Now, just how imminent is this disruptive innovation that could bankrupt Arizona Public Service if it doesn't respond to the competitive threat?
Consider that among the ads running on this blog (as placed by Google, I do not choose the ads) is for a device called Power Whisperer Mobile Grid Backup System. They seem pretty easily affordable even now. Just how imminent does that make it?
In another ad, fossil fuel burning electricity generating enterprises hope to dissuade people from installing solar? Would they be paying for ads to do so if they did not believe the threat was imminent?
Whether APS or SRP like it (or not), technology very soon will -- cost-effectively and reliably -- allow Arizona residents to survive (and thrive) in the desert no longer dependent on those fossil fuel burning monopolies. I long to be able to crank down my home air conditioner to actually comfortable temperatures in the summer.
Over a century old, Kodak shriveled up because the organization could not come to grips with the fact that consumers would abandon film photography as quickly as they (we) actually have. That's in spite of the fact that Kodak actually developed some of the early digital imaging technology.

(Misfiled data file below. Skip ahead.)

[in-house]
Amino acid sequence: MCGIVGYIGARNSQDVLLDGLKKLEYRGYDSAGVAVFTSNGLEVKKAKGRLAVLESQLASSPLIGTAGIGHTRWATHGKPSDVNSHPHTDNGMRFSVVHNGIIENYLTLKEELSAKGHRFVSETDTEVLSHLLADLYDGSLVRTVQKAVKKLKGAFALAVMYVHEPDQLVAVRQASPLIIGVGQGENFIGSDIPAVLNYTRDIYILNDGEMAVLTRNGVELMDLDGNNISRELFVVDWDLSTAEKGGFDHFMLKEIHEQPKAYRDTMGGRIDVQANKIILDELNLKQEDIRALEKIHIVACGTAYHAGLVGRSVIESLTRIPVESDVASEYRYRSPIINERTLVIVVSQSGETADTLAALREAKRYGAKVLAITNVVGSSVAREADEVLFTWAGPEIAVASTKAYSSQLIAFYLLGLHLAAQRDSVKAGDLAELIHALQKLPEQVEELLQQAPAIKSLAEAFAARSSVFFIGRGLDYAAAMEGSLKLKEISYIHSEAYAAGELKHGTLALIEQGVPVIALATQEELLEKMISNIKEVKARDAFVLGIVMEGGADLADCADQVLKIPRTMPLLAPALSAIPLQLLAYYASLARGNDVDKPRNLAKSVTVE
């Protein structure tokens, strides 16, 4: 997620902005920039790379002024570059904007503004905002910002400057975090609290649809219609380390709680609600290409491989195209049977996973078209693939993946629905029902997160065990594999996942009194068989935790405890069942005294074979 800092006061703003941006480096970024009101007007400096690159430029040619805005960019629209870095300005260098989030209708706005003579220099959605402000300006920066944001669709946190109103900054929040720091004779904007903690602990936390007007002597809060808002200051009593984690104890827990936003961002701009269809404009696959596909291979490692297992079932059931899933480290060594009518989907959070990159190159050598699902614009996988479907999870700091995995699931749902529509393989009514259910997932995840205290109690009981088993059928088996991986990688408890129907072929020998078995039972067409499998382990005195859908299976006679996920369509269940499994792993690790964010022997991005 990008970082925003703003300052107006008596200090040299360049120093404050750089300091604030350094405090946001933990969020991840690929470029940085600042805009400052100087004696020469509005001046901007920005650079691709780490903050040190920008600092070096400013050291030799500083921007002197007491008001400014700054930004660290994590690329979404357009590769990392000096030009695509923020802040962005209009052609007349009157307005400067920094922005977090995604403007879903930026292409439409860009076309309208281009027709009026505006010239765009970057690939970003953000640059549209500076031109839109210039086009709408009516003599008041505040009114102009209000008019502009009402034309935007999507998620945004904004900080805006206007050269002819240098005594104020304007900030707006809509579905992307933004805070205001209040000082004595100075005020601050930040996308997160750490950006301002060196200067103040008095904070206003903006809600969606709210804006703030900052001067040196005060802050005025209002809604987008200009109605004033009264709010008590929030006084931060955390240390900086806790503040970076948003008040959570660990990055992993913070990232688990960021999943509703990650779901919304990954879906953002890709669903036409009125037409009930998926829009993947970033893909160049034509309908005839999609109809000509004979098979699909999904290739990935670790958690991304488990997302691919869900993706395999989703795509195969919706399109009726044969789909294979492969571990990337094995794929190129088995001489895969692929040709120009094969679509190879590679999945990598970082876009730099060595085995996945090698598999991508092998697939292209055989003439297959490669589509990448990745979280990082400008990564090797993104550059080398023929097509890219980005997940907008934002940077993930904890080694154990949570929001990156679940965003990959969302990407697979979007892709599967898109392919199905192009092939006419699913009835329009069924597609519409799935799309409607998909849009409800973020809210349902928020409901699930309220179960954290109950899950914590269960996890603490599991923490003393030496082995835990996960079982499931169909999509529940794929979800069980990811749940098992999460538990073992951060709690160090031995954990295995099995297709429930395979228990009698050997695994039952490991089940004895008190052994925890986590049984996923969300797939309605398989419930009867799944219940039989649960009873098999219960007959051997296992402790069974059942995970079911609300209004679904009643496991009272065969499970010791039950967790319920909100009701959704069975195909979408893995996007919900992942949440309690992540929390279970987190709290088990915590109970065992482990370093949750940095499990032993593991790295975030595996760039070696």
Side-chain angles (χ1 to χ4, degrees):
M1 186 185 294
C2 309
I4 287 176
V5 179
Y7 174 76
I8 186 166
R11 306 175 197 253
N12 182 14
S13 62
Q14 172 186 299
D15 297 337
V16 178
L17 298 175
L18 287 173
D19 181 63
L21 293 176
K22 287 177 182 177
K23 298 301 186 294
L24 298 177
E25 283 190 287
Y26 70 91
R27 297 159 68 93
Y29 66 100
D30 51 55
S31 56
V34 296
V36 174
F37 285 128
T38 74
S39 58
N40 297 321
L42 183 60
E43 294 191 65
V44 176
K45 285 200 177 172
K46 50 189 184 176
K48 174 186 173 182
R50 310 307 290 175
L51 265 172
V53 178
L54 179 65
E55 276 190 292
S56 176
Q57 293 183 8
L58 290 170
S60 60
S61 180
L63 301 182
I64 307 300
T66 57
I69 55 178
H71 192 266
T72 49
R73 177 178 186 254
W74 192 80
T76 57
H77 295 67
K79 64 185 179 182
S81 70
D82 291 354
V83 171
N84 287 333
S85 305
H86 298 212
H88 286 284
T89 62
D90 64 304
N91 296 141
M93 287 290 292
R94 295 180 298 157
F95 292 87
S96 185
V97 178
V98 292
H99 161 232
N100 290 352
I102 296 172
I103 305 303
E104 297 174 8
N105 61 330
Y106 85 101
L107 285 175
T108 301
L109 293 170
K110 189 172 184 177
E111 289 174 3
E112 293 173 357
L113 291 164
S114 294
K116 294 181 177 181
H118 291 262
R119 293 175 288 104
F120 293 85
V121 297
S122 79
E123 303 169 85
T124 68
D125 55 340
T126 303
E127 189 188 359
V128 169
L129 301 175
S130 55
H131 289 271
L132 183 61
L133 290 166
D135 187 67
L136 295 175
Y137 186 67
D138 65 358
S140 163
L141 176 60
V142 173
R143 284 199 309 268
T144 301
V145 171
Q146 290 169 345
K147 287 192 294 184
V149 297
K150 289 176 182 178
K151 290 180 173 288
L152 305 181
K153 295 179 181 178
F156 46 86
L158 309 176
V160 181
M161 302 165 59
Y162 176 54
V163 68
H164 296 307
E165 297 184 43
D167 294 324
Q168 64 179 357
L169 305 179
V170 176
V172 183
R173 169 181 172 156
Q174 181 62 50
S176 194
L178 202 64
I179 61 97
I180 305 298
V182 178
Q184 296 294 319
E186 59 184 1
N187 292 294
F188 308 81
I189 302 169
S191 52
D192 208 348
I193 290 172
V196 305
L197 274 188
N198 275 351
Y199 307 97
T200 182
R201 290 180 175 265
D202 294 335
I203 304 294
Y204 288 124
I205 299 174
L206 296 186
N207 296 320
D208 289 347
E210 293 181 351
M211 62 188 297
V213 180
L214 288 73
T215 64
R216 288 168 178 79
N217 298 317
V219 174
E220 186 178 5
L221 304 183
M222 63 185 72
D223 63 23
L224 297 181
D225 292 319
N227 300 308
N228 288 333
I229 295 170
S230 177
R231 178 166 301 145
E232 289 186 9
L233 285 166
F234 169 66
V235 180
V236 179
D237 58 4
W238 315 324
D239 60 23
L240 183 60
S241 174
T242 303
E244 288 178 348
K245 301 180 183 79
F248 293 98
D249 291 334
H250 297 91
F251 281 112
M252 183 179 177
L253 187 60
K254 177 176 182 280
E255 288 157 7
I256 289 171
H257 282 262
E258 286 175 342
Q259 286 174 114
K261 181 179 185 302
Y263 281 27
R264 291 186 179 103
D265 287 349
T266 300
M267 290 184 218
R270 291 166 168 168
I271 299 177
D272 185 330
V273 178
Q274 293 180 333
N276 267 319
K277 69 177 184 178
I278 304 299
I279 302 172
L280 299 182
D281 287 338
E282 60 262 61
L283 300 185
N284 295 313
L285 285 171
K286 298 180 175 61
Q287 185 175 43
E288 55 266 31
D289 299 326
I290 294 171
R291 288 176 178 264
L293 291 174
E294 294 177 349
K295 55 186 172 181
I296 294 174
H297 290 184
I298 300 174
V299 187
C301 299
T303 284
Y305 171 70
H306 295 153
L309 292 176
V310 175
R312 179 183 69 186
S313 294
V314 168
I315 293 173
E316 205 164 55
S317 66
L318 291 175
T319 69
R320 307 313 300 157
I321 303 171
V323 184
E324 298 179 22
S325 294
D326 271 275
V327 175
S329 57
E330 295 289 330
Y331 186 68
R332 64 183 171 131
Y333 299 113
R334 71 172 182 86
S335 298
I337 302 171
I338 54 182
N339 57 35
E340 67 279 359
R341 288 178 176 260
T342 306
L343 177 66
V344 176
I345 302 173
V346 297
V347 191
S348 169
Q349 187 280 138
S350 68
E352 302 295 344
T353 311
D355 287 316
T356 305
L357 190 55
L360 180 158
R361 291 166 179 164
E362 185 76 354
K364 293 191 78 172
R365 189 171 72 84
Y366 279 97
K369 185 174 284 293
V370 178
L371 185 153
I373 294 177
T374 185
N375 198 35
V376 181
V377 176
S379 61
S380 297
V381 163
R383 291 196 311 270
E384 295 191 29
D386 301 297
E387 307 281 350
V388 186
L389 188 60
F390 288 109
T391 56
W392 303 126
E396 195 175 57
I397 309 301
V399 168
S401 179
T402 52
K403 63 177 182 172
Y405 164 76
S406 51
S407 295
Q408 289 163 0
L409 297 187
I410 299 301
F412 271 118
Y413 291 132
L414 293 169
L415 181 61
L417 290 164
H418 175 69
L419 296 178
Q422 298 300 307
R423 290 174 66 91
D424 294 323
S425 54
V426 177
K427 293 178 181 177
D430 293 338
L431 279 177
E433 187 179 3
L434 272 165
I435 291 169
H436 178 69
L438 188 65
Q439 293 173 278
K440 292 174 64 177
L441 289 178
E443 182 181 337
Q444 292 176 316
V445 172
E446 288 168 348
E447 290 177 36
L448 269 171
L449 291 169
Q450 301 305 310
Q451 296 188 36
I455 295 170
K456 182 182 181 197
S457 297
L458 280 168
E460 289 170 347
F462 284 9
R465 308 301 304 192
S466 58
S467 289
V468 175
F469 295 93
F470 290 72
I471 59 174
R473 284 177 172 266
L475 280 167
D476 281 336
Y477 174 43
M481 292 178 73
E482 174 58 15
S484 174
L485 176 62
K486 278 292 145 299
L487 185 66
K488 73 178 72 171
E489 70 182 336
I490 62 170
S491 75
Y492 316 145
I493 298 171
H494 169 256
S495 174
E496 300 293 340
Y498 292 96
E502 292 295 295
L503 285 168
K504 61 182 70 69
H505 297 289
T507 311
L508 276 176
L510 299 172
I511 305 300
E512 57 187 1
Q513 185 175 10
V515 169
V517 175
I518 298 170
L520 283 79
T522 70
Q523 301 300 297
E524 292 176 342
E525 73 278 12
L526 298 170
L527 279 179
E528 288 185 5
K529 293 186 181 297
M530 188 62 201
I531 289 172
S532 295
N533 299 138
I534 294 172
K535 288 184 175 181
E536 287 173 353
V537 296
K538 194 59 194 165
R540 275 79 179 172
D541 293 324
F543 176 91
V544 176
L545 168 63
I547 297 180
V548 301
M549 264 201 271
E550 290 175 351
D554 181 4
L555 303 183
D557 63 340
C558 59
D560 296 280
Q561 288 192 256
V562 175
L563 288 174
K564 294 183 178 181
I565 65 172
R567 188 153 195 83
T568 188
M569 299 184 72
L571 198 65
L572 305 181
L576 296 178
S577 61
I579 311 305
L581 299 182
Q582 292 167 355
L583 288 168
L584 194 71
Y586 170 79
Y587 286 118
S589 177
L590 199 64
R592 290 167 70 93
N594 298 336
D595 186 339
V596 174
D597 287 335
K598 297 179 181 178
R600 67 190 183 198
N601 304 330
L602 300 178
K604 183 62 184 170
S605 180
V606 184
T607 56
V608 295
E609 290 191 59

By the way, do you still have a landline phone? US West used to be the monopoly telephone company in Phoenix. They then became Qwest. Now, it's Century Link. How many people have abandoned the landline telephone?
APS has experience with solar energy. It has deployed a fair amount of it. But APS relies still on nuclear and natural gas for its primary fuels. SRP has experience with solar energy. I've already spelled out how it responded to announcement from Nevada Energy and Los Angeles Department of Water and Power that those two utilities would be dumping their interest in SRPs (coal burning) Navajo Generating Station.
Neither APS nor SRP appear (yet) to be preparing for the tsunami shift in the industry that Jon Wellinghof predicts will occur. APS and SRP will adapt or die. That's the way of the marketplace. Even when the companies have, in SRPs case, enjoyed well more than a century of government protections as a geographic monopoly.
If Kavanagh and his colleagues act in the 2014 session to pass legislation that will enable homeowners to put solar system costs into their mortgages, that will provide an immense spike in sales tax revenue, may boost home values and will certainly bring JOBS to our state -- without the legislature having to give huge tax incentives (like they did for the Arizona Cardinals and Phoenix International Raceway).
What are you waiting for John? I hope it's not the approval of APS or SRP.